Since capturing its first-ever Washington Catholic Athletic Conference field hockey championship in 2015 — and repeating that performance last year — St. John’s hasn’t usually been an underdog.
But going into Thursday’s league title match against top-ranked Good Counsel, the team was thrust into that spot — and it was a role that Cadets coach Corey Kelly used to motivate her squad.
“I love the underdog mentality. The girls embraced it,” said Kelly. “They embraced this revenge night. When we saw that Good Counsel was ranked third [by The Washington Post] and they were No. 1 in the WCAC, it fueled our fire. Having something to overcome is way less scary than having something to defend.”
The Cadets avenged an earlier season loss to the Falcons by thrashing Good Counsel 2-0, dominating the ball and continually attacking the Falcons’ cage in Thursday’s final at Bishop O’Connell.
“This team is the best team I have ever been a part of,” senior forward Beth Cornelius said. “These girls are my sisters, and it’s amazing to be part of a championship team.”
St. John’s junior midfielder Clara Morrison, a Syracuse commit, was thrust into a leading role this fall and flourished after serving as an under-the-radar player in 2016.
“When I first saw Clara play, I knew that she was a program-changer and a game-changer,” said Kelly. “She is a true star player, and the best thing about her is she doesn’t even know it. She can control the ball out of the backfield, and she is such an elite athlete that she can carry it over to the attack.”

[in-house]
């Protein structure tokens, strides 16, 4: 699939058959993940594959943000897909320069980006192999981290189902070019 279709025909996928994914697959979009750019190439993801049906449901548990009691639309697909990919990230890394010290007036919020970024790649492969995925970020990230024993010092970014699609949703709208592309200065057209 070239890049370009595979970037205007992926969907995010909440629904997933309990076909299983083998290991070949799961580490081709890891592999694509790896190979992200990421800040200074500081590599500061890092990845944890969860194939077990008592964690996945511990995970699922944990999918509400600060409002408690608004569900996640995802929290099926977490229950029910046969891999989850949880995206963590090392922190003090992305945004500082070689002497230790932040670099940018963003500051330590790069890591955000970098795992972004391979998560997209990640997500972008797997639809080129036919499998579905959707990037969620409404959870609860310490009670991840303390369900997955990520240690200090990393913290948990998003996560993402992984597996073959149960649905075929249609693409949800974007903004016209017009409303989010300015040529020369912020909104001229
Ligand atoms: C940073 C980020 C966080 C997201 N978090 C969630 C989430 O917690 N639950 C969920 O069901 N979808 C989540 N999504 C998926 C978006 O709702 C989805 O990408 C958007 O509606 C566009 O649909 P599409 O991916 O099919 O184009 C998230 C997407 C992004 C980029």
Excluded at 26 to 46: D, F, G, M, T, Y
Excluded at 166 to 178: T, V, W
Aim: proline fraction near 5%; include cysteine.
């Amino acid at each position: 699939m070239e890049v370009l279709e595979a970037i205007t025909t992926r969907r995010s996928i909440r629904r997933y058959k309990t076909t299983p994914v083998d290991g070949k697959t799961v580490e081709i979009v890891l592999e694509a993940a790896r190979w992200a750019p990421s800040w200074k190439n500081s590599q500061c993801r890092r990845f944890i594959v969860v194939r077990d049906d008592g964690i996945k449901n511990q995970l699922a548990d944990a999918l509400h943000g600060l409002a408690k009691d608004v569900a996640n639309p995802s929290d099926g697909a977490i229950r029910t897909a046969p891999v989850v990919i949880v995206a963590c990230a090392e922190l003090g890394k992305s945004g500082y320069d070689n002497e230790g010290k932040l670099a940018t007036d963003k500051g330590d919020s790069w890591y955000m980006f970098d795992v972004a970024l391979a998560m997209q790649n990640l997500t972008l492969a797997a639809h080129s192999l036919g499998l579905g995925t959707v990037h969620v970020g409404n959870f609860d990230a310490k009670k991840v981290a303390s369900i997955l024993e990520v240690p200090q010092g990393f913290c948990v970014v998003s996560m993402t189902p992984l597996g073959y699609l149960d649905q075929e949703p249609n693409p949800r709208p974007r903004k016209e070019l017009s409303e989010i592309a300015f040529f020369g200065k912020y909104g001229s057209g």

The junior patrolled the back end of the field and often used her superior technical stick skills to bring the ball up the pitch after the Cadets defense — led by sophomore Lillian Kistner and senior Stephanie Heffron, and anchored by senior goalie Maya Lewis — made stops.
Morrison scored the first goal of the game on a penalty corner setup with 5:23 to go into the first half.
In the second half, Kelly refused to let the Cadets sink back into a defensive look to preserve a 1-0 lead. Instead, the Cadets were the aggressors and kept the ball deep in the Falcons’ territory for most of the period.
“Our game plan was to play a pressure attack, pressure midfield and pressure defense, which I think shocks a lot of people,” said Kelly. “A lot of people say that’s so risky, but I said not with this team. We have the skilled players to dominate the possession game.”
That tenacity was rewarded when Morrison stole the ball and ripped a shot at the goal. The ball was initially deflected. But Cornelius recovered it and tapped it to junior forward Ellen Palmiere, who buried the shot — and the Falcons’ WCAC title hopes — with 18:10 to go in the game.
“It was amazing to see how our handwork in practice translated to this game,” said senior defender Erin O’Connell.